As Texas Republicans gather in Dallas for their annual state convention, the Justice Department, just in time for the party’s celebration, announced that it has sued the state over its recently adopted voter-ID laws and its longstanding minority voting rights maps.
A three-judge panel in Washington has previously blocked Texas from enforcing its voter-ID law, saying the current version was likely to subject some groups to an unconstitutional undue burden. But the panel ruled that the state had failed to adequately explain how its 2011 maps — which dramatically altered the state’s political landscape and later fell afoul of the U.S. Supreme Court’s 2013 ruling striking down a part of the Voting Rights Act — were no longer subject to approval from the Justice Department under the law.
The 2013 ruling cited findings that “racial discrimination was especially obvious” in some areas of the state, and led to a reduced Texas representation on the Supreme Court’s majority. Justice Anthony Kennedy then wrote a blistering opinion in which he disputed the findings of racial discrimination that led to the lower court ruling, saying the evidence suggested that map-drawers made the discriminatory decisions purely for political reasons.
Texas Republicans have since replaced their party’s previous maps with an apparent attempt to make the 2011 maps as compliant as possible.
The 2011 maps were adopted in a contest held in court, with the winner announced on Thursday at a party convention in Dallas. But the Justice Department has objected to a particular provision in the 2011 maps, which set out the boundaries for 11,600 voting precincts. (Lawyers for the state have argued that these precincts already had been incorporated into the state’s maps.)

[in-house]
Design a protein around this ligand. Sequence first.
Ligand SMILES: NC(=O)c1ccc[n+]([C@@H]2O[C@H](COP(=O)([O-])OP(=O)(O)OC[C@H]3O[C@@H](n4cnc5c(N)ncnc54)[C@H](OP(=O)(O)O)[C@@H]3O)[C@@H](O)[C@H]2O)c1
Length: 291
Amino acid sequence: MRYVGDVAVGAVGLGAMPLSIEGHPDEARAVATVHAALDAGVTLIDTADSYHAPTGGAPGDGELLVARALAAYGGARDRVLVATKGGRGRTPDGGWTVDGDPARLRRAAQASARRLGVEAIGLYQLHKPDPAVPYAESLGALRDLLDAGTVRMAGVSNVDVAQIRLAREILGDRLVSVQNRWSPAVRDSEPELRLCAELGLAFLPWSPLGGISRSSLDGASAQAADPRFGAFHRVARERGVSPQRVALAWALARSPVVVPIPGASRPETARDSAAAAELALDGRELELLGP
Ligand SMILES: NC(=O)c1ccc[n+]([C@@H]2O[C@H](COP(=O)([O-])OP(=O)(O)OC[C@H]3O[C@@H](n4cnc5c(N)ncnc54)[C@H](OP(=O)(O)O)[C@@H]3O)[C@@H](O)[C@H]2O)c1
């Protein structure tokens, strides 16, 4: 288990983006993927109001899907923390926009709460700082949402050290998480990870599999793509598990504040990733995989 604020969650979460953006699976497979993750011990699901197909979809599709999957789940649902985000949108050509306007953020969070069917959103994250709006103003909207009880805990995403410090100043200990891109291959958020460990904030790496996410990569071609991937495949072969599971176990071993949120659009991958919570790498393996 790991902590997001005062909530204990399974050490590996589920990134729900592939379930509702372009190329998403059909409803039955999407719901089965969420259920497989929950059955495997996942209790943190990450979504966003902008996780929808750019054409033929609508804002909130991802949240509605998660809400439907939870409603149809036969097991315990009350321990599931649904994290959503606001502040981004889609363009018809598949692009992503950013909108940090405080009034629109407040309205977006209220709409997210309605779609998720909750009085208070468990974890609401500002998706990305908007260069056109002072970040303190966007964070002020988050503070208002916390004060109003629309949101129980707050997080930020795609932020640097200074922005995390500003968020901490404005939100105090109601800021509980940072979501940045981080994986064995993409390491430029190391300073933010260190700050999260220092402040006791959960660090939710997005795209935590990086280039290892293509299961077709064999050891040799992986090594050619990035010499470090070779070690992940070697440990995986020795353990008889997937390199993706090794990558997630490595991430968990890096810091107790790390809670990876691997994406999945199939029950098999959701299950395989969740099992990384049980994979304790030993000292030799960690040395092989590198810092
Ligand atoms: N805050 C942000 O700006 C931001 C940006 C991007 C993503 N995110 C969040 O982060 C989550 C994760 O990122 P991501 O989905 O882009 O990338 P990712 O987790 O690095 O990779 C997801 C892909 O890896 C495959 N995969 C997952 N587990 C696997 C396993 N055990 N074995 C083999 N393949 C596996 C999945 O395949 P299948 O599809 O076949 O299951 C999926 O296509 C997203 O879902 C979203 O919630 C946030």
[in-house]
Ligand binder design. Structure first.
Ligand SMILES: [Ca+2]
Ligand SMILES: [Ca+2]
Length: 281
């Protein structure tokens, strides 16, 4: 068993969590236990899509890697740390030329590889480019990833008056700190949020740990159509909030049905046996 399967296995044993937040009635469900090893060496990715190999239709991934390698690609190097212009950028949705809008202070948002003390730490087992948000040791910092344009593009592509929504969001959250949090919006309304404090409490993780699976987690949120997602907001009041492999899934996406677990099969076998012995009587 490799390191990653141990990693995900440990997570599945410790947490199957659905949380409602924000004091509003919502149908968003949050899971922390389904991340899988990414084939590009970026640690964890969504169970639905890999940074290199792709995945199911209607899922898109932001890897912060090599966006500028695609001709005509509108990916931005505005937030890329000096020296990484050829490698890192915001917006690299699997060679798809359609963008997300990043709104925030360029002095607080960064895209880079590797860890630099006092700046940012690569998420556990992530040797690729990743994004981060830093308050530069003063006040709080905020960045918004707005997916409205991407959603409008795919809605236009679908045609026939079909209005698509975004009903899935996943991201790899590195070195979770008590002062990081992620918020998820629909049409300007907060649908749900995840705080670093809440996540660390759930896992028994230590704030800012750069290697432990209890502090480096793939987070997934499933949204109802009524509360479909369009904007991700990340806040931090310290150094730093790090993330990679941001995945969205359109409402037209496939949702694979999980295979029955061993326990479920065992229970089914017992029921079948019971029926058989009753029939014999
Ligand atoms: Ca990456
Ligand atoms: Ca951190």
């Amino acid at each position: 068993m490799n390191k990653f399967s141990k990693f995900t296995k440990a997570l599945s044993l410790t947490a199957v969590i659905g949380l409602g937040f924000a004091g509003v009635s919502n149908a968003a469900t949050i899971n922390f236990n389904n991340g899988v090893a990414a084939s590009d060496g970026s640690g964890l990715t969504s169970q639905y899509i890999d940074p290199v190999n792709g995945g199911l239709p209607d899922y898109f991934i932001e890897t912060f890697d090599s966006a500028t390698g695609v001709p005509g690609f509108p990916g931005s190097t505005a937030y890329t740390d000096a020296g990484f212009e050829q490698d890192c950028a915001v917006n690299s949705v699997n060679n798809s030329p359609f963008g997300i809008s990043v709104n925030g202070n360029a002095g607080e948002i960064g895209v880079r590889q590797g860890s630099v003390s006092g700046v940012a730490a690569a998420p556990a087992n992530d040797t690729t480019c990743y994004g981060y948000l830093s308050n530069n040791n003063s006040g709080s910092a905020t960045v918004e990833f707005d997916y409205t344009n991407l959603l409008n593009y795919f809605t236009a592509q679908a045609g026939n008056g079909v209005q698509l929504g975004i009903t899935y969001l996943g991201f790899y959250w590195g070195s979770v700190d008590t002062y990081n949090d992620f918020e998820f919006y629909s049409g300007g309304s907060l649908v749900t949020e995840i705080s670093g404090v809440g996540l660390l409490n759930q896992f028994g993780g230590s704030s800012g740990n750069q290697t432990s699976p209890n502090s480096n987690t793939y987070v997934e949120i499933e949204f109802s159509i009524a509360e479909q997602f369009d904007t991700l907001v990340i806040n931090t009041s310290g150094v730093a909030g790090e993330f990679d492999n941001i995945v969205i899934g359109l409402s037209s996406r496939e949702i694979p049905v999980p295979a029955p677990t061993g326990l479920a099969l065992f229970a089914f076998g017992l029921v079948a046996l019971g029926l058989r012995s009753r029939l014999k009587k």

The state’s 2016 congressional maps were also drawn by a court, after the Justice Department appealed to the D.C. Circuit and the U.S. Supreme Court. The Supreme Court largely upheld the district court’s jurisdiction in the case.
The Texas partisanship dispute is a matter of historical significance, involving the state’s Republican majorities in both the House and Senate. The state has also seen a decades-long struggle over how to classify Mexican Americans as a race and how to classify other minorities as a race. In one of the first cases to challenge the practice in 1965, Mexicans who crossed into the U.S. illegally after Mexico’s revolution were subjected to special residency restrictions.
Although the state has since repealed much of its practice, Texas opponents maintain that the practices continue in its voter-ID laws and Spanish-language voter-registration forms. (The state is also on the hook for its earlier decisions on congressional districts. The three-judge panel is mulling whether to order a new census and new districts be drawn.)
Though Texas conservatives were indeed celebrating at the convention on Friday, some admitted that the state’s long-running political rivalry with the Justice Department will persist.
State Representative Jonathan Stickland, a Republican from Bedford who supports the Texas voter-ID law, told the Dallas Morning News: “In their hearts, they know it’s not the Legislature, it’s not the governor’s office, it’s the Obama Justice Department.”
“It’s not fair that it’s come this far,” he said, “and somebody says, ‘All is fair in love and war.’”
Read the full New York Times article here.
After 21 years, Supreme Court has a chance to change the way Texas draws its electoral maps
Texas appellate court approves Republican-backed redraw of congressional map
Supreme Court tosses Texas’ restrictive voter-ID law, but Justice Kennedy casts doubt on state’s record